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Help our coastal birds

The Norfolk Coast is famous for its birds - hundreds of thousands of people visit the area each year to enjoy them. Many more come to enjoy the coasts wide, unspoilt beaches, its sense of wildness and remoteness, its wonderful seascapes and its power to restore and refresh those who visit.

Blakeney Point - famous for birds as well as seals

Blakeney Point - famous for birds as well as seals

April to August is a special time on the coast, when birds are breeding to ensure the continuation of the species. Some of these are particularly vulnerable to disturbance by people because they nest on beaches. This group includes three species of terns, ringed plovers and oystercatchers.

Of these, the two species at highest risk are little terns and ringed plovers. The Norfolk Coast is an important nesting area for both species; they need your understanding and protection.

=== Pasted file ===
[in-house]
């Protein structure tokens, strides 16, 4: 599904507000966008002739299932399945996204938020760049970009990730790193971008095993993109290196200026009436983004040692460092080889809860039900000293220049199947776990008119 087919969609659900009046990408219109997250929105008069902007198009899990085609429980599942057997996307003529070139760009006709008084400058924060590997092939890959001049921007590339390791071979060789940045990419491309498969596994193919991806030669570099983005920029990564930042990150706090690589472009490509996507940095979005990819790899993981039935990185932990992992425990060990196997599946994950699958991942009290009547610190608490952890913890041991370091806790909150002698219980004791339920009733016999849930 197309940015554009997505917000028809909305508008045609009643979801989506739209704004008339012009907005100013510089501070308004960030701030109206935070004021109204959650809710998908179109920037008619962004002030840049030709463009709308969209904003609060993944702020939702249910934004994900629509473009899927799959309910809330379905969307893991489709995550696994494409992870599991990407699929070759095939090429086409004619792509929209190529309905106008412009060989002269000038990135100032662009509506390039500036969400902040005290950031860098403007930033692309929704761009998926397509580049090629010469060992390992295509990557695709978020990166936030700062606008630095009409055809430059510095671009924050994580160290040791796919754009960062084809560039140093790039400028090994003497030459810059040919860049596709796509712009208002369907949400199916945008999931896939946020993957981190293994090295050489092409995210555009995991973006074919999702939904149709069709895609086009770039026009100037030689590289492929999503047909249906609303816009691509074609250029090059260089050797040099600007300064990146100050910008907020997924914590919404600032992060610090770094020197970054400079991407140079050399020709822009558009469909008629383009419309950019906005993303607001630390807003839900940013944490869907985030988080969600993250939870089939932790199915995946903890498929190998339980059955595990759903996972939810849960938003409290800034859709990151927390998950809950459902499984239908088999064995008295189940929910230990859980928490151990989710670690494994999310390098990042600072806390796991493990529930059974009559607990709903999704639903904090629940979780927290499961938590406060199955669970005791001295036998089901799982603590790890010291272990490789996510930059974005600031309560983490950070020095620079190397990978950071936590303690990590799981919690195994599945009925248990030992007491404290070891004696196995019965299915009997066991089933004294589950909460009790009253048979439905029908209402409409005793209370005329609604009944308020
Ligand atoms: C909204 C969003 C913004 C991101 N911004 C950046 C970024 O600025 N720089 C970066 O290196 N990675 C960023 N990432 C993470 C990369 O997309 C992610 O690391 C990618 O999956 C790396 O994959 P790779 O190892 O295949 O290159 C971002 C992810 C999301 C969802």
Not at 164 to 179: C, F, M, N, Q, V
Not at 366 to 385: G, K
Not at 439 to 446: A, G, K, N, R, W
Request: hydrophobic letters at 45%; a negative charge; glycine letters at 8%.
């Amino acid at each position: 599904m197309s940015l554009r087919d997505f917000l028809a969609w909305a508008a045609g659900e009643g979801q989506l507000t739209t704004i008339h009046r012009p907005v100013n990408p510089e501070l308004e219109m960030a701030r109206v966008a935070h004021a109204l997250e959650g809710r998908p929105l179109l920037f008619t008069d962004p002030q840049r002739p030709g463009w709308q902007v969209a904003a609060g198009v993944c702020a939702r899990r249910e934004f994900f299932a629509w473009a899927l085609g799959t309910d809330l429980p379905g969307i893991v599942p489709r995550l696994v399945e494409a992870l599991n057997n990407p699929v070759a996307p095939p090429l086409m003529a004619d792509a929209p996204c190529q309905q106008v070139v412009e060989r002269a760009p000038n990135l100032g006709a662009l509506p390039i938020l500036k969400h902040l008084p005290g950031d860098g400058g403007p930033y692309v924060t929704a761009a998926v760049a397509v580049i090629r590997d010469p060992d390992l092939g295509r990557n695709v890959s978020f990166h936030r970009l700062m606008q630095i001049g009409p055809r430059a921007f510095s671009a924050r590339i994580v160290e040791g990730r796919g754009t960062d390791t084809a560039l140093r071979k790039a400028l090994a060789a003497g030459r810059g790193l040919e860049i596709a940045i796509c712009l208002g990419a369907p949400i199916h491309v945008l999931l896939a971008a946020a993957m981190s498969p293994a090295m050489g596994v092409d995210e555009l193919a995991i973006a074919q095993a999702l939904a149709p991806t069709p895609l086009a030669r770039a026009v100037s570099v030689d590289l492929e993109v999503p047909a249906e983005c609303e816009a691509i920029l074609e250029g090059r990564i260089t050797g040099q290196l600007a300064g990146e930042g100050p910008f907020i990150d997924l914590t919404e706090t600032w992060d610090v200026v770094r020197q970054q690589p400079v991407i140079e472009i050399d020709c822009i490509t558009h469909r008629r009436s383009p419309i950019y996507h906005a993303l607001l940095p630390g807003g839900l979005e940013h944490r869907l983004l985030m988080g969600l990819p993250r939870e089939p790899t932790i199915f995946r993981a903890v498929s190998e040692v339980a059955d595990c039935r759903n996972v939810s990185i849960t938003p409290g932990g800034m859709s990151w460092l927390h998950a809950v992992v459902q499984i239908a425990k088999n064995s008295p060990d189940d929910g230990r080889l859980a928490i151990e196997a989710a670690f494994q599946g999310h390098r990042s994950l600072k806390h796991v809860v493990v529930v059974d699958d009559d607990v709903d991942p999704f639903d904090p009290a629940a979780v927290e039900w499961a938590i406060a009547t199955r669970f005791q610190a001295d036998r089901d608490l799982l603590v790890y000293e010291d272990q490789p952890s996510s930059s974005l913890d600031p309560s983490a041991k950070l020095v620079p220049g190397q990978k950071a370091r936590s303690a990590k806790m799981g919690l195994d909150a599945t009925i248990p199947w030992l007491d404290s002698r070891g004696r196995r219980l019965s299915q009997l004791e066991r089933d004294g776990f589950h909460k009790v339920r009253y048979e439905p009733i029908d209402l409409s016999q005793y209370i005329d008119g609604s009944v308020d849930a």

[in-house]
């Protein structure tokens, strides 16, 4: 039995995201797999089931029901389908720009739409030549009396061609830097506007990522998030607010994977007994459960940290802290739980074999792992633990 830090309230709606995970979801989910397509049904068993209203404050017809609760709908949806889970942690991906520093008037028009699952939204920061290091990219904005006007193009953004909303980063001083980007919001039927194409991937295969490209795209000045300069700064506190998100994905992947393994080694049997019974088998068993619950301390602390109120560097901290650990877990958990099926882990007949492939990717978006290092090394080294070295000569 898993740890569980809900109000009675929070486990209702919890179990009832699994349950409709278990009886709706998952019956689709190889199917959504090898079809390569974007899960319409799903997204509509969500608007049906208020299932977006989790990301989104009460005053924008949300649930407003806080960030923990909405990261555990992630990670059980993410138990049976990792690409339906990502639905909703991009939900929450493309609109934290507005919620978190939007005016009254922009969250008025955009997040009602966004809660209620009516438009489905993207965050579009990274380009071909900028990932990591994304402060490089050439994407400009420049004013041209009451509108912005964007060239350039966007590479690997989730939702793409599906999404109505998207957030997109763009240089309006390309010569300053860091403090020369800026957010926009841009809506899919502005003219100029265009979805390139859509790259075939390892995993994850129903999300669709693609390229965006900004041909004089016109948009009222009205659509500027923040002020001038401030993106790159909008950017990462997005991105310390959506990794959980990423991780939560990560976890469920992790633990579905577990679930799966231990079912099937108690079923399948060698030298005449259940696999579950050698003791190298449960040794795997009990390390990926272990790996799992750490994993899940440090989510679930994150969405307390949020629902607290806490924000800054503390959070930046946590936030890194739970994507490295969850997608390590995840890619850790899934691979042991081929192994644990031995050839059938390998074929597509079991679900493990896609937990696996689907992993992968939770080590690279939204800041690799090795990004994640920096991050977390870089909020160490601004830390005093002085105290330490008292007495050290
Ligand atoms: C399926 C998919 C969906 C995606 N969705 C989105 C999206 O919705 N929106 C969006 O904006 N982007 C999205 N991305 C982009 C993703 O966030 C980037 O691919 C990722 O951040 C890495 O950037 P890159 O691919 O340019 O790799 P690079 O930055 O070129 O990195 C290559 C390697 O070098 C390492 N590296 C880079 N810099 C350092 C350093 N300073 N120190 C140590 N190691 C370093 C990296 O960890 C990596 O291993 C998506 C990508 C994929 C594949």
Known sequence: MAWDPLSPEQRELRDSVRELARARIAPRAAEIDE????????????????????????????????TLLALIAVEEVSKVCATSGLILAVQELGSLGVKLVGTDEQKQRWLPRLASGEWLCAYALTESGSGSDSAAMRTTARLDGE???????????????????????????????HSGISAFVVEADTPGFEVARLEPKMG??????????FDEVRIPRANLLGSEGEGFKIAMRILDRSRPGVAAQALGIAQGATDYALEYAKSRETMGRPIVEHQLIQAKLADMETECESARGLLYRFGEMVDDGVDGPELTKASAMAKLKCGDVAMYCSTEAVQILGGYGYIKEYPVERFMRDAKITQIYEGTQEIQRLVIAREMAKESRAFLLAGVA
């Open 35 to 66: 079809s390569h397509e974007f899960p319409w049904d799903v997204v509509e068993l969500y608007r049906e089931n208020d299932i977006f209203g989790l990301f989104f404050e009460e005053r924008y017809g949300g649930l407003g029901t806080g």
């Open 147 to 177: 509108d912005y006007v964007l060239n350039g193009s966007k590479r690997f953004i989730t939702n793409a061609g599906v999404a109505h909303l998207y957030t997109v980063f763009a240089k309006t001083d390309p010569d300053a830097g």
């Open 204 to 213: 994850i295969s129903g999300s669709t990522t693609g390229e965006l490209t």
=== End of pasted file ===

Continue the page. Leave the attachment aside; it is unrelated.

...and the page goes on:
At other times of year, the coast is visited by large numbers of migrating and wintering birds.

What you can do to help
Breeding season - April to July
Avoid shingly areas near the top of beaches during April to July
Look out for groups of terns and protective rope and stake cordons.
Dont approach too closely. Watch from a distance and avoid disturbing the birds.
Keep dogs on a lead near any colonies or likely nesting areas (see walking with your dog).
Keep a sharp eye out for small waders with chicks on the beach and give them a wide berth.
Help to inform others.

Migration and wintering - August to March
Avoid disturbing concentrations of waders and wildfowl on beaches or marshes - keep dogs on a lead or under close control if necessary.
Help to inform others.